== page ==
Cowan, I. B. (1967) The parishes of medieval Scotland, Scot Rec Soc, 93, Edinburgh, 27.

Irving, J. (1879) The book of Dumbartonshire [sic]: a history of the county, burghs, parishes, and lands, memoirs of families, and notices of industries carried on in the Lennox district, 3v, Edinburgh, 2, 306, 360.

Macleod, D. (1891) Historic families, notable people and memorabilia of Leven, Loch Lochmond and Cardross, [s.l.], 45-8.

Macleod, D. (ed.) (1893) Journal of the Hon. John Erskine of Carnock 1683-87. Scottish Hist Soc, Edinburgh.

OPS (1851) Origines Parochiales Scotiae: the antiquities ecclesiastical and territorial of the parishes of Scotland, 1, Edinburgh, 26, appx. 502.

OSA (1791-9) The statistical account of Scotland, drawn up from the communications of the ministers of the different parishes, Sir John Sinclair (ed.), Edinburgh, Vol. XVIII (1796), 218.

About Scheduled Monuments

Historic Environment Scotland is responsible for designating sites and places at the national level. These designations are Scheduled monuments, Listed buildings, Inventory of gardens and designed landscapes and Inventory of historic battlefields.

We make recommendations to the Scottish Government about historic marine protected areas, and the Scottish Ministers decide whether to designate.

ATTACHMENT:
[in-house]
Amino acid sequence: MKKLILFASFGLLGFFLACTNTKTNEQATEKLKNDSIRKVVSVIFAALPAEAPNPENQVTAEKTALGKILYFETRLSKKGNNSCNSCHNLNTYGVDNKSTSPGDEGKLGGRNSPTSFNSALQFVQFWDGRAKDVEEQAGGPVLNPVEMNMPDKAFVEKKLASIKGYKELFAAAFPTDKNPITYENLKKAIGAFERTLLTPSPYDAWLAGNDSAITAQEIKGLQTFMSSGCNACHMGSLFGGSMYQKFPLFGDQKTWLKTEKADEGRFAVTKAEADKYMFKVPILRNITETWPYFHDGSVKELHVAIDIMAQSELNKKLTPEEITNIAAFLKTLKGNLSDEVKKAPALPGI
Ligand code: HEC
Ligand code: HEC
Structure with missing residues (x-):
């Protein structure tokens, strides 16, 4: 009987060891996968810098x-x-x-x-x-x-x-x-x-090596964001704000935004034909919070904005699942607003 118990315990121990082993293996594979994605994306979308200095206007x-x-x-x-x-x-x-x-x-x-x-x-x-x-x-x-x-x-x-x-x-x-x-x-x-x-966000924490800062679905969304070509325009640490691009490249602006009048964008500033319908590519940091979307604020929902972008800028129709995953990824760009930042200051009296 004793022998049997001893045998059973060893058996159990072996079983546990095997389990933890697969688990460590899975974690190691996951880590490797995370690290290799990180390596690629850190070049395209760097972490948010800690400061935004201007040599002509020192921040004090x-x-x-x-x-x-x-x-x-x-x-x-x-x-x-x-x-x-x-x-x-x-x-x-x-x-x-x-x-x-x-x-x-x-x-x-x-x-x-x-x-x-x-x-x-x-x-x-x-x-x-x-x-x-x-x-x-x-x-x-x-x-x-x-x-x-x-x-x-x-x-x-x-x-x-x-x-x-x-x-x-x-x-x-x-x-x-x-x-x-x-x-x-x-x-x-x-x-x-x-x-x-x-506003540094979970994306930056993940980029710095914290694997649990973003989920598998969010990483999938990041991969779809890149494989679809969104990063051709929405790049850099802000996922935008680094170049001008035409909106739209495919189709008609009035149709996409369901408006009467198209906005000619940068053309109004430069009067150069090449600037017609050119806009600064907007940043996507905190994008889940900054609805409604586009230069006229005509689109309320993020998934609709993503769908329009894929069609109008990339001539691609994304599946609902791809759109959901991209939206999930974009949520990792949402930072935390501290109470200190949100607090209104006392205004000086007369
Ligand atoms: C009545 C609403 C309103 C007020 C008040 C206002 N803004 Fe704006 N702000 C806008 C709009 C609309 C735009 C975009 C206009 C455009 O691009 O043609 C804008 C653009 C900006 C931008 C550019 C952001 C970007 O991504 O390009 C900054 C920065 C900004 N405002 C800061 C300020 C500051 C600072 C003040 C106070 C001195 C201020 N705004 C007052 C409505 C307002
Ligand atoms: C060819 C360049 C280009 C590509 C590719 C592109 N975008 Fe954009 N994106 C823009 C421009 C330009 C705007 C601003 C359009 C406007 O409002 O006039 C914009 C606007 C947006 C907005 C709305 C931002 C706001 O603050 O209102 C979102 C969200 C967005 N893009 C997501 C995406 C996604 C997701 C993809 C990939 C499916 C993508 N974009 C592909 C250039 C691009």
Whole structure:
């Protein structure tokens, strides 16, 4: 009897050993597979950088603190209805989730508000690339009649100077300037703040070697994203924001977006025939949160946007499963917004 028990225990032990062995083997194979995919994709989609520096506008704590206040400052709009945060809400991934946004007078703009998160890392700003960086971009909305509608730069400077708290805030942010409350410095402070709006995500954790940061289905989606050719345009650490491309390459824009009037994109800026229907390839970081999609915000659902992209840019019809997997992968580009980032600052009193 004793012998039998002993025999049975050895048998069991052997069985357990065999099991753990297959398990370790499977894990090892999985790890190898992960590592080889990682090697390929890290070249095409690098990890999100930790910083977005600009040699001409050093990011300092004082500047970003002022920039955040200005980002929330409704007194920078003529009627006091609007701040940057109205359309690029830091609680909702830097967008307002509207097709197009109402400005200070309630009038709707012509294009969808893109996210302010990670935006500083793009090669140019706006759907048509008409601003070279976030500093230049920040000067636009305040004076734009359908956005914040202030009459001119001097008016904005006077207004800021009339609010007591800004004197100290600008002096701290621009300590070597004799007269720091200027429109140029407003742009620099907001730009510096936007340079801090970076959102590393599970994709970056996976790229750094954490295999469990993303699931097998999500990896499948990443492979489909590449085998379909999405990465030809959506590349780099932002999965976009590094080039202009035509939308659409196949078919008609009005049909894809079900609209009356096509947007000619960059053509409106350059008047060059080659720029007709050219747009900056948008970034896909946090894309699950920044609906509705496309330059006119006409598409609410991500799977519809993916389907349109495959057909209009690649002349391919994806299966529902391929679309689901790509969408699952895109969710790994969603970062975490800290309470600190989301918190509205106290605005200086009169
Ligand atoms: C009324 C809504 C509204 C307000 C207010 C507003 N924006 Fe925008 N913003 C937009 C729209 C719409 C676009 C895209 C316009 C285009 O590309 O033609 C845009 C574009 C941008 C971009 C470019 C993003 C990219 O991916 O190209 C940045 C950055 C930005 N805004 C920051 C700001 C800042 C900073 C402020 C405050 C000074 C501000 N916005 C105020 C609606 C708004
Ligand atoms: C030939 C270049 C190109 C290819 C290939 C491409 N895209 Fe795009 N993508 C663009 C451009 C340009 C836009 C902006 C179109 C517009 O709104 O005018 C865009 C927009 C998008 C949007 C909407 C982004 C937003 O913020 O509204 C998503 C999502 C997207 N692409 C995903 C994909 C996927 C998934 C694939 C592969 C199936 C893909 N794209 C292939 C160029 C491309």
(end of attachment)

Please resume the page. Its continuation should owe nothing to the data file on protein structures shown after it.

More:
Scheduling is the process that identifies, designates and provides statutory protection for monuments and archaeological sites of national importance as set out in the Ancient Monuments and Archaeological Areas Act 1979.

We schedule sites and monuments that are found to be of national importance using the selection guidance published in Designation Policy and Selection Guidance (2019)

Scheduled monument records provide an indication of the national importance of the scheduled monument which has been identified by the description and map. The description and map showing the scheduled area is the legal part of the scheduling. The statement of national importance and additional information provided are supplementary. These records are not definitive historical or archaeological accounts or a complete description of the monument(s).

The format of scheduled monument records has changed over time. Earlier records will usually be brief. Some information will not have been recorded and the map will not be to current standards. Even if what is described and what is mapped has changed, the monument is still scheduled.

Scheduled monument consent is required to carry out certain work, including repairs, to scheduled monuments. Applications for scheduled monument consent are made to us. We are happy to discuss your proposals with you before you apply and we do not charge for advice or consent. More information about consent and how to apply for it can be found on our website at www.historicenvironment.scot.

Find out more about scheduling and our other designations at www.historicenvironment.scot/advice-and-support. You can contact us on 0131 668 8914 or at designations@hes.scot.

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Printed: 22/09/2019 21:32